Evaluating Open-Domain Question Answering in the Era of Large Language Models
Ehsan Kamalloo | Nouha Dziri | Charles Clarke | Davood Rafiei
Proceedings of the 61st Annual Meeting of the Association for Computational Linguistics (Volume 1: Long Papers)
Lexical matching remains the de facto evaluation method for open-domain question answering (QA). Unfortunately, lexical matching fails completely when a plausible candidate answer does not appear in the list of gold answers, which is increasingly the case as we shift from extractive to generative models. The recent success of large language models (LLMs) for QA aggravates lexical matching failures since candidate answers become longer, thereby making matching with the gold answers even more challenging. Without accurate evaluation, the true progress in open-domain QA remains unknown. In this paper, we conduct a thorough analysis of various open-domain QA models, including LLMs, by manually evaluating their answers on a subset of NQ-open, a popular benchmark. Our assessments reveal that while the true performance of all models is significantly underestimated, the performance of the InstructGPT (zero-shot) LLM increases by nearly +60%, making it on par with existing top models, and the InstructGPT (few-shot) model actually achieves a new state-of-the-art on NQ-open. We also find that more than 50% of lexical matching failures are attributed to semantically equivalent answers. We further demonstrate that regex matching ranks QA models consistent with human judgments, although still suffering from unnecessary strictness. Finally, we demonstrate that automated evaluation models are a reasonable surrogate for lexical matching in some circumstances, but not for long-form answers generated by LLMs. The automated models struggle in detecting hallucinations in LLM answers and are thus unable to evaluate LLMs. At this time, there appears to be no substitute for human evaluation.
Helpful reviews have been essential for the success of e-commerce services, as they help customers make quick purchase decisions and benefit the merchants in their sales. While many reviews are informative, others provide little value and may contain spam, excessive appraisal, or unexpected biases. With the large volume of reviews and their uneven quality, the problem of detecting helpful reviews has drawn much attention lately. Existing methods for identifying helpful reviews primarily focus on review text and ignore the two key factors of (1) who post the reviews and (2) when the reviews are posted. Moreover, the helpfulness votes suffer from scarcity for less popular products and recently submitted (a.k.a., cold-start) reviews. To address these challenges, we introduce a dataset and develop a model that integrates the reviewer’s expertise, derived from the past review history of the reviewers, and the temporal dynamics of the reviews to automatically assess review helpfulness. We conduct experiments on our dataset to demonstrate the effectiveness of incorporating these factors and report improved results compared to several well-established baselines.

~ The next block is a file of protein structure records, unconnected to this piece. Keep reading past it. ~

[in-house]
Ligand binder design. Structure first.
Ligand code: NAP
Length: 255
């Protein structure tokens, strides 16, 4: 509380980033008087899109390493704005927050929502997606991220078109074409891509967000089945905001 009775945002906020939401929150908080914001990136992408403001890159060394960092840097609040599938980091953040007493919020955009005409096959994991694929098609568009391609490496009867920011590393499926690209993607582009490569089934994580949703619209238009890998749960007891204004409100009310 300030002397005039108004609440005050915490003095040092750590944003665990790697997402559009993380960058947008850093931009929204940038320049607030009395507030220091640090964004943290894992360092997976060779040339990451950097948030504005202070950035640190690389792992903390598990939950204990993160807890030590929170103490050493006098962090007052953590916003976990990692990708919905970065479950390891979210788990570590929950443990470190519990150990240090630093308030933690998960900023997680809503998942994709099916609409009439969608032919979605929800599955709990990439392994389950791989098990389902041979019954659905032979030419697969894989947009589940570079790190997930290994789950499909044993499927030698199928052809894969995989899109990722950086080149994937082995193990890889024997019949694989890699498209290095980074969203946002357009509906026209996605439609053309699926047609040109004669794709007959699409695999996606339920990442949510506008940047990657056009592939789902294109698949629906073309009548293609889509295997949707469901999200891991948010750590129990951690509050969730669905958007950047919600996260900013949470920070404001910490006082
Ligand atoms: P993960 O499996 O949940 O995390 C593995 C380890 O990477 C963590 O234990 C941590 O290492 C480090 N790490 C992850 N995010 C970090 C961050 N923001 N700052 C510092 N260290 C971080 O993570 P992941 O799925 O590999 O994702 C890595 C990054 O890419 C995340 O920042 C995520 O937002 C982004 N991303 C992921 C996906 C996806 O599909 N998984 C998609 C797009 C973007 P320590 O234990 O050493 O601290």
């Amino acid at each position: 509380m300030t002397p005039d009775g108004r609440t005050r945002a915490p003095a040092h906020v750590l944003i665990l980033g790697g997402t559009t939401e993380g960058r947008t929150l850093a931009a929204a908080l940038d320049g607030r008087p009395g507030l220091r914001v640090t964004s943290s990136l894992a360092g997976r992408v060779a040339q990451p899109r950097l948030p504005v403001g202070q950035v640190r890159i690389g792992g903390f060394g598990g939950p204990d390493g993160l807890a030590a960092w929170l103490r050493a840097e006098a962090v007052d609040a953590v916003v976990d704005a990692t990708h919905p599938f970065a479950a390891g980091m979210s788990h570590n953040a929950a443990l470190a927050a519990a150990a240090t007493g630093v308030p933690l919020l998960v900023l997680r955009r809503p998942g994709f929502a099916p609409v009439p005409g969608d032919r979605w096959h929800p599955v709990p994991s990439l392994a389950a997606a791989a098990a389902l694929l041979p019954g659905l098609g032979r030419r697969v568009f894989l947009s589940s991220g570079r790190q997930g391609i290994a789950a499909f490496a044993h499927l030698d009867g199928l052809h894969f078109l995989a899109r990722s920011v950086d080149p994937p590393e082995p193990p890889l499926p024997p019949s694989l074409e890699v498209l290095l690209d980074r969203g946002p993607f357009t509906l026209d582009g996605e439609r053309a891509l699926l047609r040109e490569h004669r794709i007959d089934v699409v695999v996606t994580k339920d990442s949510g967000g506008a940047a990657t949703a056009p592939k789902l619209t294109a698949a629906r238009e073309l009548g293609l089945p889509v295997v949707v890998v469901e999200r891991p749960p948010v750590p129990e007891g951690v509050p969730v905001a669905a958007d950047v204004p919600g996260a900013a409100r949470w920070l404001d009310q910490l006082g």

Text-to-SQL benchmarks play a crucial role in evaluating the progress made in the field and the ranking of different models. However, accurately matching a model-generated SQL query to a reference SQL query in a benchmark fails for various reasons, such as underspecified natural language queries, inherent assumptions in both model-generated and reference queries, and the non-deterministic nature of SQL output under certain conditions. In this paper, we conduct an extensive study of several prominent cross-domain text-to-SQL benchmarks and re-evaluate some of the top-performing models within these benchmarks, by both manually evaluating the SQL queries and rewriting them in equivalent expressions. Our evaluation reveals that attaining a perfect performance on these benchmarks is unfeasible due to the multiple interpretations that can be derived from the provided samples. Furthermore, we find that the true performance of the models is underestimated and their relative performance changes after a re-evaluation. Most notably, our evaluation reveals a surprising discovery: a recent GPT4-based model surpasses the gold standard reference queries in the Spider benchmark in our human evaluation. This finding highlights the importance of interpreting benchmark evaluations cautiously, while also acknowledging the critical role of additional independent evaluations in driving advancements in the field.